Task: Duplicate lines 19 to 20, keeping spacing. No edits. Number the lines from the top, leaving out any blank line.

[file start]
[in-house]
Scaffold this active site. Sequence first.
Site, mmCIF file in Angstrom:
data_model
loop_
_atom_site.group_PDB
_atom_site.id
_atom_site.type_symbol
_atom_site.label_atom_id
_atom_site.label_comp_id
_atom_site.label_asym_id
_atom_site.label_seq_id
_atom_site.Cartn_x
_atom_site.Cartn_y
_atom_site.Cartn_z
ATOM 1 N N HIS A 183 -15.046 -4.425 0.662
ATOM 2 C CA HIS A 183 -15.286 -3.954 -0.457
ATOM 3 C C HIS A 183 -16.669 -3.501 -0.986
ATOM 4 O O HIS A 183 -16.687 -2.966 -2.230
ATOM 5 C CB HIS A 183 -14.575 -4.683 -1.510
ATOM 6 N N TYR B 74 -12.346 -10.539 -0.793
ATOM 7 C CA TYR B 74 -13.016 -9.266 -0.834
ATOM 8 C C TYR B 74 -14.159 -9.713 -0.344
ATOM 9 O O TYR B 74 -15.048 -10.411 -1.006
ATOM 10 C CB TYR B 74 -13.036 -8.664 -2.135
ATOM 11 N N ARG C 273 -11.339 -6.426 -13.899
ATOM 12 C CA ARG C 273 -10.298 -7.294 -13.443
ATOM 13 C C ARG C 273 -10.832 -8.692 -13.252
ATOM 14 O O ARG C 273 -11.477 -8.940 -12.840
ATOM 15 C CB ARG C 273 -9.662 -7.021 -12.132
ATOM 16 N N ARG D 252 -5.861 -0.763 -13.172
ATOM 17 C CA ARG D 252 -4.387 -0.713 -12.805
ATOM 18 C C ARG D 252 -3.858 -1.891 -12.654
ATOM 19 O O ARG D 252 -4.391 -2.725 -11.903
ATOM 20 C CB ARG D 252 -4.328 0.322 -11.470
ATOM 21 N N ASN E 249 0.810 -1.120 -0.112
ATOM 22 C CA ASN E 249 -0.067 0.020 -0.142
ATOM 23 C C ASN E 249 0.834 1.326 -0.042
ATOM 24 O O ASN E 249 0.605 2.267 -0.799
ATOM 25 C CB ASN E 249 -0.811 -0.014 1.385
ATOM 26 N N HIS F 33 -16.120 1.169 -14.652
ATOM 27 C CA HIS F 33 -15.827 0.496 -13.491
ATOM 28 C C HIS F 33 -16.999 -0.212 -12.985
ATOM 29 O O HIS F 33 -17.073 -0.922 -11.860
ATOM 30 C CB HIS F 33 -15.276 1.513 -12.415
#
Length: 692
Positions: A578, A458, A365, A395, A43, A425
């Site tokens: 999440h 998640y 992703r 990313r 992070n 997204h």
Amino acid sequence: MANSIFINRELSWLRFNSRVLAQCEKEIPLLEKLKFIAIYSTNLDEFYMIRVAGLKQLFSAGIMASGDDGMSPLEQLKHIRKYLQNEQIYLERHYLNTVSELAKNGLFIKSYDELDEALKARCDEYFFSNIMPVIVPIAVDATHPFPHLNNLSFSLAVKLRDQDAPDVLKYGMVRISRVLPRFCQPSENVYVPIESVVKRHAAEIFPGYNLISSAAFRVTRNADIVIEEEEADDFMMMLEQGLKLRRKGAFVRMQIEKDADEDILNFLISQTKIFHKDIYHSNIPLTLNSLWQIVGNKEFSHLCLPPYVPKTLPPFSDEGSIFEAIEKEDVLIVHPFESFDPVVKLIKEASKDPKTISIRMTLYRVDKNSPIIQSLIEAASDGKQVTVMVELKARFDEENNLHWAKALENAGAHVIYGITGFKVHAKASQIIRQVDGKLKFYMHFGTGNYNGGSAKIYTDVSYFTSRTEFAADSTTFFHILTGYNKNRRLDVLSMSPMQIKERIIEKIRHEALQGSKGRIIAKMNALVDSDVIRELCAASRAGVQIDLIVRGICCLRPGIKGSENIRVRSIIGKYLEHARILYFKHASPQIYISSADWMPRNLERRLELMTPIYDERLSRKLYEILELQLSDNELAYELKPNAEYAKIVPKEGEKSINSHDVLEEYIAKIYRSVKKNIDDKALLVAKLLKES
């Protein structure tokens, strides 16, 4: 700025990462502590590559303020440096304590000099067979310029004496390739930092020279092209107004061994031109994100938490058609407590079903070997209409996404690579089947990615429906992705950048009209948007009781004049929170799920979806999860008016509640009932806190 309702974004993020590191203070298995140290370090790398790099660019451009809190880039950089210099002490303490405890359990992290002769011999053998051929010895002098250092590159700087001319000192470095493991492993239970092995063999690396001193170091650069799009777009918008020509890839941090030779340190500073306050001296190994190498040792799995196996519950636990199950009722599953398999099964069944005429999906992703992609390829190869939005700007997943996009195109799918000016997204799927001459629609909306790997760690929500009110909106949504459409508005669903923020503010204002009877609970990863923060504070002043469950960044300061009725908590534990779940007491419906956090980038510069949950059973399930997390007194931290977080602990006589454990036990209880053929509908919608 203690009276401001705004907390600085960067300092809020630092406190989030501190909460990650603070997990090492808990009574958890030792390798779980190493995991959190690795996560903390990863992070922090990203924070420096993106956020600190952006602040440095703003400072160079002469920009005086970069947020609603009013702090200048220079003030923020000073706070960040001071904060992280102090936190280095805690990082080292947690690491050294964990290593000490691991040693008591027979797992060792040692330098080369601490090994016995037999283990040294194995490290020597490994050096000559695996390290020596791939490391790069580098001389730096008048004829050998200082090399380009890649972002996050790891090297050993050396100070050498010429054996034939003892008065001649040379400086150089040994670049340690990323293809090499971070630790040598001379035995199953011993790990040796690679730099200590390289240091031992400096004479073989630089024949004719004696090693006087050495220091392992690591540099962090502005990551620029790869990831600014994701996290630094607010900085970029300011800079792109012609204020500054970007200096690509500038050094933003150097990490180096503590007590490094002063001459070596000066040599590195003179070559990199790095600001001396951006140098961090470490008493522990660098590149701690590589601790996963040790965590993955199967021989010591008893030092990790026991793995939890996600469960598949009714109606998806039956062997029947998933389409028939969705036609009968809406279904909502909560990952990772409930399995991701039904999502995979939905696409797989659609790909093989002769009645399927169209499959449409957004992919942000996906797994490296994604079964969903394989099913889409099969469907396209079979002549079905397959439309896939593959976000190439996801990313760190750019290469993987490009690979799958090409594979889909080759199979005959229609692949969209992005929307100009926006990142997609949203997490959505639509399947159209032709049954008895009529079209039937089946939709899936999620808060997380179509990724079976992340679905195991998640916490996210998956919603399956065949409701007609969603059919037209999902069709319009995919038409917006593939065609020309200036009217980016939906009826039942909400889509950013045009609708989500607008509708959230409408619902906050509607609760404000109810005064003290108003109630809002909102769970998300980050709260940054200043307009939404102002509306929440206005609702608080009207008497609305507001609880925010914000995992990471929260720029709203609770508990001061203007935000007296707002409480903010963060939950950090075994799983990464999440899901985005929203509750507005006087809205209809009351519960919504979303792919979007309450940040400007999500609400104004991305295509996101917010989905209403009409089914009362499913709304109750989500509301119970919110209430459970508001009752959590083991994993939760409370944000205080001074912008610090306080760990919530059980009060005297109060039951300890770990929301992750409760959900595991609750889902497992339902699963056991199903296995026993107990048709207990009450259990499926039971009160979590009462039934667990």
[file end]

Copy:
ATOM 4 O O HIS A 183 -16.687 -2.966 -2.230
ATOM 5 C CB HIS A 183 -14.575 -4.683 -1.510